12 Northeast Tarrant County A Hotbed for Tennis Adult programs have experienced tremendous growth over the past 6 years. With NETT, USTA, TCD and Metro leagues exhausting the court availability throughout the week –Participation in NETT adult programs has increased over 44% since the opening of the Southlake Tennis Center in Fall 1999 –Northeast Tarrant County’s participation in USTA leagues has increased by 130% since 2000 with over 700 league participants in 2005 –TCD participation is up by 27.6% with an over 500 participants Area junior programs attract nearly 400 players a season, a 250% rate of growth over the past 6 years Junior tournament participation has steadily increased. Early tournaments brought approximately 100 players per event and now exceed 400 players While the growth in tennis in the US and Texas are remarkable, we are not to be outdone! Northeast Tarrant County has been one of the fastest growing tennis populations in the state of Texas

13 Keller Area Player Base The Keller ISD boasts one of the largest number of tennis players in the metroplex –KISD High Schools have nearly 200 players across 3 high schools and the KISD middle school tennis programs is one of the few in the metroplex with just under 300 students enrolled KATCH with its very limited access to courts has continuously offered programming since 2000 with a high of nearly 100 participants last year Hundreds of beginning tennis lessons and organized programs have been offered to area youth and adults through independent teaching pros looking to tap into this growing market With approximately 8-9% of the state and national population involved in tennis and a population in the Greater Keller Area of 112,900, nearly 10,000 individuals can be expected to be involved in tennis each year Along with growth of tennis in Northeast Tarrant County, Keller has also been consistently adding new players to its community.

14 Where are the players? Area Active Tennis Players AreaCity# Players Greater Keller AreaKeller, North Ft Worth, Watauga, Haslet963 Roanoke, Trophy Club, Westlake150 Neighboring TownsSouthlake484 Colleyville265 Hurst, Euless Bedford221 North Richland Hills221 Grapevine184 The chart below identifies the players residing in the Keller area that are active tennis participants. It is remarkable how many players reside in the Keller area that must go elsewhere for organized tennis programming.

15 The Money Goes Elsewhere Tennis lessons, weekly team drills, league fees, court fees, tournament play Tennis clothing, tennis shoes, tennis racquets, tennis balls and other accessories Social gatherings before and after tennis…coffee, lunch, shopping, etc. The unfortunate reality…an increasingly large number of our residents are taking their tennis and their money to communities other than Keller. The average tennis player spends money on This in turn, drives the shopping for non-tennis related items to other communities as well: daily essentials, fuel, groceries, clothing, meals taken to their families.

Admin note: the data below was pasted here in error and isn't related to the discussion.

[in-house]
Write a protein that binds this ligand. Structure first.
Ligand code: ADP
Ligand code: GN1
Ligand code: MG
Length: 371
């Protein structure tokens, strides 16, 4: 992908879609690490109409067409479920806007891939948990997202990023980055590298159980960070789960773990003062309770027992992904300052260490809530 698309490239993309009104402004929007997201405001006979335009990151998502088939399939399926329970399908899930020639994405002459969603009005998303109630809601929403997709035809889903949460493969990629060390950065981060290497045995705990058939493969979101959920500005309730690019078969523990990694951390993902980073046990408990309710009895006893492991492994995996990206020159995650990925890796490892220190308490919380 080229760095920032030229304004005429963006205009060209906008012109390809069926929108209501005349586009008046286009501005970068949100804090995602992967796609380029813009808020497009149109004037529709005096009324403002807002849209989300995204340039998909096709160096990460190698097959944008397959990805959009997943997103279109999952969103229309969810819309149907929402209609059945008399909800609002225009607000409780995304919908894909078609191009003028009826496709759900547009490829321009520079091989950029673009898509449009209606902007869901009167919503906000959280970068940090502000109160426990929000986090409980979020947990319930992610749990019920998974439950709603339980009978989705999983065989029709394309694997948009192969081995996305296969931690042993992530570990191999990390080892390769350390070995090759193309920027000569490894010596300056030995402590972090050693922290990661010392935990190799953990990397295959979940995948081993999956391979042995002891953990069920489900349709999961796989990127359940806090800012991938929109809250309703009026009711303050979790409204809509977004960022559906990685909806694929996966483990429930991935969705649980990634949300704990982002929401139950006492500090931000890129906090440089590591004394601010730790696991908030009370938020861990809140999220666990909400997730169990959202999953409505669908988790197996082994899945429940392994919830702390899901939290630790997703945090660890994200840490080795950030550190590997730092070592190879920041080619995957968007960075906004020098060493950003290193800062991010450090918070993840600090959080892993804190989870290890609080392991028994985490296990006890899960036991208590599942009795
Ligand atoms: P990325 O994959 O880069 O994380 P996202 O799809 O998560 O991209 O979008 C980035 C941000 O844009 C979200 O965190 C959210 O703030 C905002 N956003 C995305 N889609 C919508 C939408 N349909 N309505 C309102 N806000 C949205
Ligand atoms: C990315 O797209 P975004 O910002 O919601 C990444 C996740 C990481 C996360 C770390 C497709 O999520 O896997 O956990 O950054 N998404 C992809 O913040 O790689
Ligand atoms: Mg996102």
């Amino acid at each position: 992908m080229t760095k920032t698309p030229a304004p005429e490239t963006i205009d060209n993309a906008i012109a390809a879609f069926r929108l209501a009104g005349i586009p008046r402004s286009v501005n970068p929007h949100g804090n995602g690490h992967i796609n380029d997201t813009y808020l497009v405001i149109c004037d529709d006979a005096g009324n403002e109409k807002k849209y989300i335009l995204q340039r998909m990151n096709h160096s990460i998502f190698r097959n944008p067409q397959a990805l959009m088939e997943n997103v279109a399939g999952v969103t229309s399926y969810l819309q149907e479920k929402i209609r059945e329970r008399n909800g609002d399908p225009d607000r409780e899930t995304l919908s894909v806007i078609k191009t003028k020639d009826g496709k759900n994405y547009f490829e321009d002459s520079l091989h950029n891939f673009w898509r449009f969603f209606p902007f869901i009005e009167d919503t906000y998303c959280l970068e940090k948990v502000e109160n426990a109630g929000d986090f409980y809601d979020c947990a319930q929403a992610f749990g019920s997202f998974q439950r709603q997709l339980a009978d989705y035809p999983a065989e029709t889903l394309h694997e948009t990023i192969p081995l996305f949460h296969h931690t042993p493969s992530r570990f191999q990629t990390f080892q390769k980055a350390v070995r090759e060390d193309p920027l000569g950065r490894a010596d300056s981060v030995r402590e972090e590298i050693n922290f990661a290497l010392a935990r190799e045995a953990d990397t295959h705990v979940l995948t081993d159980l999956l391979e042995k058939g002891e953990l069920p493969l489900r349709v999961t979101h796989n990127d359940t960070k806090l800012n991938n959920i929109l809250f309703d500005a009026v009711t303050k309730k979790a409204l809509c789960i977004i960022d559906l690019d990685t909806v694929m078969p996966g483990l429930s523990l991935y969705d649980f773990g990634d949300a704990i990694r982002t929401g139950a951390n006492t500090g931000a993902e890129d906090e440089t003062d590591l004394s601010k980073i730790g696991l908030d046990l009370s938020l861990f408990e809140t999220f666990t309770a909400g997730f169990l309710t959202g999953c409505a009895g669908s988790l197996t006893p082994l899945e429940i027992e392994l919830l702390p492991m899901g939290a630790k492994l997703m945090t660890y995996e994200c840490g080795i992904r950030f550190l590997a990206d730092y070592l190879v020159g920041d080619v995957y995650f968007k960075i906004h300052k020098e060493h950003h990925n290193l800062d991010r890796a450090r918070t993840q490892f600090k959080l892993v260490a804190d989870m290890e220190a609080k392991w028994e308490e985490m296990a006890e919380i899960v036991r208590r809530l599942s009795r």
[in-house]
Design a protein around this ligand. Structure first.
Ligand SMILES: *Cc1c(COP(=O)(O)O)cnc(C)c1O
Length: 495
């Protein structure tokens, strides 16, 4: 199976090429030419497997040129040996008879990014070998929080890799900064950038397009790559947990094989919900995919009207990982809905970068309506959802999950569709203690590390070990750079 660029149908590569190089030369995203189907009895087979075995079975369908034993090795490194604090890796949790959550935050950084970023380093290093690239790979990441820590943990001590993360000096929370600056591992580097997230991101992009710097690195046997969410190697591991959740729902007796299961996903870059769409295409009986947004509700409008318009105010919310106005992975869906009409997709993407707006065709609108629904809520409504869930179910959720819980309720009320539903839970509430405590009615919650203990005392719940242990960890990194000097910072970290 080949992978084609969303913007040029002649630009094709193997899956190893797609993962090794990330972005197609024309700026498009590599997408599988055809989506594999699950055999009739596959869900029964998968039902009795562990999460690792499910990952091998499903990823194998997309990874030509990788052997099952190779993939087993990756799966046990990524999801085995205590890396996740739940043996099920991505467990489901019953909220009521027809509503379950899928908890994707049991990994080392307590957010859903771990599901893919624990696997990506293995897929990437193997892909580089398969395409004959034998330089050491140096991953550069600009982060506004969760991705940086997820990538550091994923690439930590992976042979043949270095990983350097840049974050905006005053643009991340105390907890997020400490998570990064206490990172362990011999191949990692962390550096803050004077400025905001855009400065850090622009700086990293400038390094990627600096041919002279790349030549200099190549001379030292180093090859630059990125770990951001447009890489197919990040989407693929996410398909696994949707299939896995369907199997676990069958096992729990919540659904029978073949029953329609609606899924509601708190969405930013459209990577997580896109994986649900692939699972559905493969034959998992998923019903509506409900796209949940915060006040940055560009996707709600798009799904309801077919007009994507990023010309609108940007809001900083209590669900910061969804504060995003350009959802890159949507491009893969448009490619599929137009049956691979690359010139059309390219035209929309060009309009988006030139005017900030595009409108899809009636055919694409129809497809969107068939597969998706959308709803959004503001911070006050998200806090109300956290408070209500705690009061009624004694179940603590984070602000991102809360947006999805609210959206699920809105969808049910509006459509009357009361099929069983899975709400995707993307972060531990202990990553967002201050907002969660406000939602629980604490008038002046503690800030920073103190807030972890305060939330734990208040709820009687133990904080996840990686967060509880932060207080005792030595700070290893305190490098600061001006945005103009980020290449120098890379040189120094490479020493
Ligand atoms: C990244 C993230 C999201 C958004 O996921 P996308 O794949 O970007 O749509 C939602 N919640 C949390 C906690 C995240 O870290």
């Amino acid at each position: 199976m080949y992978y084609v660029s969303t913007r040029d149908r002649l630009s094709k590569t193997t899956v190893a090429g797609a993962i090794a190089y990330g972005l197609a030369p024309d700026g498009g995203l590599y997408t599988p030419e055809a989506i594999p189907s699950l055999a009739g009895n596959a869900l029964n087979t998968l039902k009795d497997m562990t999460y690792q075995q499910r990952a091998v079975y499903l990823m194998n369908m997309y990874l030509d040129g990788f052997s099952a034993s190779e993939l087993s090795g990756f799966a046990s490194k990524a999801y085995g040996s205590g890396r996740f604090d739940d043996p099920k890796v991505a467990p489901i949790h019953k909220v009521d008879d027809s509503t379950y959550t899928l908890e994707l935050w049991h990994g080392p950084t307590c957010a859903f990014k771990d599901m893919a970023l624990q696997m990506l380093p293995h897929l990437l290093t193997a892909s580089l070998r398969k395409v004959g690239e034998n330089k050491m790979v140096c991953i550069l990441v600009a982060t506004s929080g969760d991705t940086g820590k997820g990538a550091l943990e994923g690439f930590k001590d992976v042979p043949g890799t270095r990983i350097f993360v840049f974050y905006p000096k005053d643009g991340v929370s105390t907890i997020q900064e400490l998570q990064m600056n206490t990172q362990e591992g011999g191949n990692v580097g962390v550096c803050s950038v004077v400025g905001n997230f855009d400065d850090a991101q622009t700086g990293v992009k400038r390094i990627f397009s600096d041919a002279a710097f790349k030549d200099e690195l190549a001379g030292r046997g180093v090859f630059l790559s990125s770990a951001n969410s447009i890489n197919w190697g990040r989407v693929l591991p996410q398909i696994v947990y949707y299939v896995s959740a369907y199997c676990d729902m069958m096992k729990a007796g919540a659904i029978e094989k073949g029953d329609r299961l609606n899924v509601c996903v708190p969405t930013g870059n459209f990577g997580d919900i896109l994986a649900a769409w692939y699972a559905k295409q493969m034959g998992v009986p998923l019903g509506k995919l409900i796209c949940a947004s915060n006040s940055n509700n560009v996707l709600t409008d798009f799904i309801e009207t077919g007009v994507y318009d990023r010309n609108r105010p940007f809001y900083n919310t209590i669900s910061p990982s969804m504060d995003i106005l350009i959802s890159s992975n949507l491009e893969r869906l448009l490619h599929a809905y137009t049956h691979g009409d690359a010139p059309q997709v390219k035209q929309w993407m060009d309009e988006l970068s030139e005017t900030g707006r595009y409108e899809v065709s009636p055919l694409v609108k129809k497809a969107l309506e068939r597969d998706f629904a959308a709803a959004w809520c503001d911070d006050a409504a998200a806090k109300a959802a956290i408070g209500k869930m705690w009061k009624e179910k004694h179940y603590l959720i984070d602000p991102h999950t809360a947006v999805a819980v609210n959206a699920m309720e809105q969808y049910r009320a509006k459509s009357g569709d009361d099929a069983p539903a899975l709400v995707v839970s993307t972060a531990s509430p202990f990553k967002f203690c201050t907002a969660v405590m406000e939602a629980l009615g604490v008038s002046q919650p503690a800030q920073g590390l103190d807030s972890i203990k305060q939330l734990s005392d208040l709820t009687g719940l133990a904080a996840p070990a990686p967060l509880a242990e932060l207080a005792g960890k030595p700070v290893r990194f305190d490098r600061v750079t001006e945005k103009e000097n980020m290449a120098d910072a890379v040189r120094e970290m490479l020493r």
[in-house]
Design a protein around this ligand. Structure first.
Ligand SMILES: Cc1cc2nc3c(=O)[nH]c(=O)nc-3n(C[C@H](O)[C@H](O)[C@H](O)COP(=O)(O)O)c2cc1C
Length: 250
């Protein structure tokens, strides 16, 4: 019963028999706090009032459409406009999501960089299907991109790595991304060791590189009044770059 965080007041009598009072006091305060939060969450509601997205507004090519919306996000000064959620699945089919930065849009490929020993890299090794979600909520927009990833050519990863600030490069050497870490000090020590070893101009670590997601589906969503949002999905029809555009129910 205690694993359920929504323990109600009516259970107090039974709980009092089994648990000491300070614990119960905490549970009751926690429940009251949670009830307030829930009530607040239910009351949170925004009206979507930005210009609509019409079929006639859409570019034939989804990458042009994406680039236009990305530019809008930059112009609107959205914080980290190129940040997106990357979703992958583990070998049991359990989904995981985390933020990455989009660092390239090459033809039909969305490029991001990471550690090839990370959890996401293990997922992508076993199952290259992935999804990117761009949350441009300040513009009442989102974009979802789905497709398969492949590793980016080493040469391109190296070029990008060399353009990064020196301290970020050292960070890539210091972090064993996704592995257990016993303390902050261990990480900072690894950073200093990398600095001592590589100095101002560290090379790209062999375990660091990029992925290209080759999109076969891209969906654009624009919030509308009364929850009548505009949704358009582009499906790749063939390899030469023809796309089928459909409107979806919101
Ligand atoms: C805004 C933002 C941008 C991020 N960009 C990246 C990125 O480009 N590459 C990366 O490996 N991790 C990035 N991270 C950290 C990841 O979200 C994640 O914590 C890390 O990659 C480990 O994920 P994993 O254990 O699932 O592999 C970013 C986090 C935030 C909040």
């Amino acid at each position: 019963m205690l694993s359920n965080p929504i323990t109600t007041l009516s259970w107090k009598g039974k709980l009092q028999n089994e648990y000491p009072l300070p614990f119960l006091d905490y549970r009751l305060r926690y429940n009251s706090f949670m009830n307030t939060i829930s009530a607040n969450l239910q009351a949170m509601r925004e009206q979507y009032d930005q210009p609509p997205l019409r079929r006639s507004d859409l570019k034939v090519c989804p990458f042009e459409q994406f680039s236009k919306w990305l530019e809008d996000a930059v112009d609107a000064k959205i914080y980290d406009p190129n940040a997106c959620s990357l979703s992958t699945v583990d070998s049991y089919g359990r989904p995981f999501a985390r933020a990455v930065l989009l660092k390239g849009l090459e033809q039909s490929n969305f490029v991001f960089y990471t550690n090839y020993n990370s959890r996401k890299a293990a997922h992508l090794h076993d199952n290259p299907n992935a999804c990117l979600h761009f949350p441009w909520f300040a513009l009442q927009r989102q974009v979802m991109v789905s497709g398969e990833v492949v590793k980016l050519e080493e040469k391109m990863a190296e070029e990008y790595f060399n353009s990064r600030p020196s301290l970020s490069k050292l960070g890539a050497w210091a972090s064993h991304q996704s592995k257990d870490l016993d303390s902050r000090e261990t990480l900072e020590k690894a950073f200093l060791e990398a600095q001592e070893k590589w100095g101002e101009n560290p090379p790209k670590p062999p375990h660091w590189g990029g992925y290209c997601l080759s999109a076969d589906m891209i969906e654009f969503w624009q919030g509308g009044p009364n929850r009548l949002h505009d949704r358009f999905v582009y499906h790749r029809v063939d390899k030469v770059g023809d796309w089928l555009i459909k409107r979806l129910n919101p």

16 Retain the Revenue Fort Worth Spring Open Adult Tournament, a 2-day event with 290 players, supplemented the city’s revenue base by $48,140 While the Fort Worth Zonal Area Tournament, a 2-day event with 305 junior players accompanied by their families, supplemented the city’s revenue with $177,205 The reverse is obviously also true. When there is a tennis facility within a community all of these monies remain in the community. Additionally, events hosted by the facility, such as adult or junior tournaments, bring not only the local players in, but also players from around the state. A study by the USTA reports that an average of $83 per player per day is brought to the local community for an adult event and $290.50 per family for a junior event. An example of how tennis brings supplemental revenue to a city can be seen when reviewing a few events hosted at the Arlington Tennis Center in 2004.

17 Full Service Full Service Pro Shop – Tennis Attire, Racquets, Balls and Accessories, Refreshments and Snacks Fully Equipped Facility – Lighted Courts, Restroom Facilities with Showers Professional Instruction – Private, Semi-Private & Group Lessons, Team Drills, Classroom Training, Cardio Training Programming For All Ages and Skill – Beginning to Advanced level for Young Children, Juniors, School Based Players, Adults, Seniors, and Families. Beginning to Advanced Junior, Adult and Seniors, Tennis Camps, Drop-In Drills, and Competitive Training Sessions Recreational and Competitive Leagues - Singles, Doubles, Men’s Women’s, Set Partner, Mixed Doubles, Ladders, Socials, USTA, TCD, NETT, METRO USTA Tournaments and Events – Pro and Semi-Pro Tournaments, Zonal Area Tournaments, Champs, Super Champs, USTA Sanctioned Events, Community Play Days, Tennis Carnivals, Fundraising Events to Benefit Local Charities Special Programs – Adaptive Programming for Physically Challenged Athletes, Equipment, Training, Competition It is not accidental that the new facilities being built in North Texas are professionally manned and full service facilities. With proper accoutrements and professional staffs, these facilities are quick to flourish. The facility should incorporate:

18 The Next Step Tennis is clearly a sport that caters to the general population. It offers fun and fitness to people of all ages, from 4 to 94. Its growth in popularity can be seen all the way to the local level. Keller boasts a truly active and growing tennis community that desperately needs a professionally manned, full service tennis facility. There is no question that a tennis facility in this area would be utilized to capacity. The evidence of established players within our community and the constrained growth throughout Northeast Tarrrant County would bring an immediate influx of tennis enthusiasts to the facility. We urge you to enhance our city’s already impressive park system and recreational programming with a premiere tennis facility. We respectfully ask the Park and Recreation Board to: Add a municipal tennis facility to the Parks and Open Space Master Plan Provide the Keller City Council with necessary recommendations to fund this facility